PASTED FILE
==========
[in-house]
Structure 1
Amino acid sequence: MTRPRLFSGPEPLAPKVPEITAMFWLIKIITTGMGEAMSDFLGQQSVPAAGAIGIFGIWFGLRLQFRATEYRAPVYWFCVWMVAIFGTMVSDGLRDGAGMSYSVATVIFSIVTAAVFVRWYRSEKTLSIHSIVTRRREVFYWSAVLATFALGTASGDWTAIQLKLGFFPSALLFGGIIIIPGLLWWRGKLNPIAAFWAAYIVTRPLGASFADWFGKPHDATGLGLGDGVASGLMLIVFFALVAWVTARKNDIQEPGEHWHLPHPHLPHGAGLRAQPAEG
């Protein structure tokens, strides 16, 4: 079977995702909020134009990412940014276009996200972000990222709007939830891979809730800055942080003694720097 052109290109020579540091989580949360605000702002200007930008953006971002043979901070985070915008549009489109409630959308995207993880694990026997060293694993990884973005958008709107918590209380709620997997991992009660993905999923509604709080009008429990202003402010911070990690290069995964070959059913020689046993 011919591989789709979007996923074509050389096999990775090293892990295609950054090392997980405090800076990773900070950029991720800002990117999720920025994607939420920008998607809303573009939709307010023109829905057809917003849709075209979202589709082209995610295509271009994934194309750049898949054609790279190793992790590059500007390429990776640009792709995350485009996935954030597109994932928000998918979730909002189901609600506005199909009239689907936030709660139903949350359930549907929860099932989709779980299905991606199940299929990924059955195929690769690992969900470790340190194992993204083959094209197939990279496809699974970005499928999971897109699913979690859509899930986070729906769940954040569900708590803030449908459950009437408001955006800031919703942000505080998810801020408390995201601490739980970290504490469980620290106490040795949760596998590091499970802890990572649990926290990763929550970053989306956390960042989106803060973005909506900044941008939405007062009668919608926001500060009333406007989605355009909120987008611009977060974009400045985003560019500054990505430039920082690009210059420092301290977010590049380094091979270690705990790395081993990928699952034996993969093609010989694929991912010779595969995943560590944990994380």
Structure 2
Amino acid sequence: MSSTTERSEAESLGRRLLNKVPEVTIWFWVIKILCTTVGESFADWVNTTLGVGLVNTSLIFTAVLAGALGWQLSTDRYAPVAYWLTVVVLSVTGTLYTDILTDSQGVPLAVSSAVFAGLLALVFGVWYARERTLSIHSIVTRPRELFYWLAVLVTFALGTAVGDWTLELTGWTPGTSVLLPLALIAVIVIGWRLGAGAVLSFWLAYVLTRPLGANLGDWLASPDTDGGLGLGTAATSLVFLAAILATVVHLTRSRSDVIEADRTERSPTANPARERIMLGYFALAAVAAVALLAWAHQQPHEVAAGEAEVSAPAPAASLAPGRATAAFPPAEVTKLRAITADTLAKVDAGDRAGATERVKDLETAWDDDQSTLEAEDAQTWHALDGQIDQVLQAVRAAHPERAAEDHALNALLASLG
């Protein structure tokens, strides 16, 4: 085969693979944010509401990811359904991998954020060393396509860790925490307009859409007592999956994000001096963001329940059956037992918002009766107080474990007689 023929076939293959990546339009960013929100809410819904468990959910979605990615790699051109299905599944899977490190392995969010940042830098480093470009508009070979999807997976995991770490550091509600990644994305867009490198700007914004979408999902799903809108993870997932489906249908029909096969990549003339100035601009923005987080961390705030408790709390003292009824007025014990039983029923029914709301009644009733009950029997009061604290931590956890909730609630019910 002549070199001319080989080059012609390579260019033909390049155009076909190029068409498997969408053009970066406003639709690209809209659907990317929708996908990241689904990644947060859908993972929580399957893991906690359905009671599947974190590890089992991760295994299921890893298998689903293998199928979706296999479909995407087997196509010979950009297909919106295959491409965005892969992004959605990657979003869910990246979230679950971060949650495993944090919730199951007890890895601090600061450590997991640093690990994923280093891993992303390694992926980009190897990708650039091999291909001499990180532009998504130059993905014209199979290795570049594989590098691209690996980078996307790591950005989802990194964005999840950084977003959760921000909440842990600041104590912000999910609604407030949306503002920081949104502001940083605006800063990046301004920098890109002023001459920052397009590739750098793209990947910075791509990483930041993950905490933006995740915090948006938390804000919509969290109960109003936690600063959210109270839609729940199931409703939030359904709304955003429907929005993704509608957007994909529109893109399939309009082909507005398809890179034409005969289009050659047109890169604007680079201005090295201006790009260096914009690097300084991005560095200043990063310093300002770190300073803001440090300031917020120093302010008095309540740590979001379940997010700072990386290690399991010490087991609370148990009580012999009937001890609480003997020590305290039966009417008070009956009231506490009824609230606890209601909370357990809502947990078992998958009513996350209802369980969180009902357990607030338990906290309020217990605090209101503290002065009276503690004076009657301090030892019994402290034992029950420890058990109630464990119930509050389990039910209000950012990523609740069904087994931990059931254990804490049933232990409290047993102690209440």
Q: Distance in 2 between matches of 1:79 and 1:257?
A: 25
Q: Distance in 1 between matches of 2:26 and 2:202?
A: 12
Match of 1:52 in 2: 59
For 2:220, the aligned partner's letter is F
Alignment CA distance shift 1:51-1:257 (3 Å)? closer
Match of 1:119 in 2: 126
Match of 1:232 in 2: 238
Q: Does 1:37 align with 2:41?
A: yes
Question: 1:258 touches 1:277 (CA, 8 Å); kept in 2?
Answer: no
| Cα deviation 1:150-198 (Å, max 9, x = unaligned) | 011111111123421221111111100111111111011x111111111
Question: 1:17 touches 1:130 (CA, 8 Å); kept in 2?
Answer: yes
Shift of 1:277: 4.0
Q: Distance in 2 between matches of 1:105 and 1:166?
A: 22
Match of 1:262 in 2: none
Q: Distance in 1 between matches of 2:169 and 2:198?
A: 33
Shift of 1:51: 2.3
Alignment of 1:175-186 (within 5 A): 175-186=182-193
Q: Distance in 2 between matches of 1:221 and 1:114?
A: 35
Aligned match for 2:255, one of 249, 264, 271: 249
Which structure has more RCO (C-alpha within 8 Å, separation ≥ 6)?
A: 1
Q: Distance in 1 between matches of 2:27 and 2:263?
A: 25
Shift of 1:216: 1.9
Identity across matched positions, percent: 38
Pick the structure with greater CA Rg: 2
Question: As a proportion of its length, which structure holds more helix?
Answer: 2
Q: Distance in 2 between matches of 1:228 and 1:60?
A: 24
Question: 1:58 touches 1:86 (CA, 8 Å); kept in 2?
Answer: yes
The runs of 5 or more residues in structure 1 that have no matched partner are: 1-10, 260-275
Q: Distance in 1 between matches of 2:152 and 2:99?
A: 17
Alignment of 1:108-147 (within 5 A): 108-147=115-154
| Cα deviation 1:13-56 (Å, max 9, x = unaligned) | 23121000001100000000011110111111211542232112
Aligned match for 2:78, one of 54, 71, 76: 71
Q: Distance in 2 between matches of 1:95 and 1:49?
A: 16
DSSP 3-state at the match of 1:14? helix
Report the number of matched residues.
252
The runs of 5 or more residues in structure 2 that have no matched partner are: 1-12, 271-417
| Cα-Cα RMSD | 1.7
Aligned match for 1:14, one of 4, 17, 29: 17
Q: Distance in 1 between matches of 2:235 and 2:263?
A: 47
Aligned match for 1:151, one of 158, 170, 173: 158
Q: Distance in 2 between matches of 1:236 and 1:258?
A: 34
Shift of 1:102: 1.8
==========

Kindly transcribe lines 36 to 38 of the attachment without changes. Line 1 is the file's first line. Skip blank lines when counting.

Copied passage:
A: 1
Q: Distance in 1 between matches of 2:27 and 2:263?
A: 25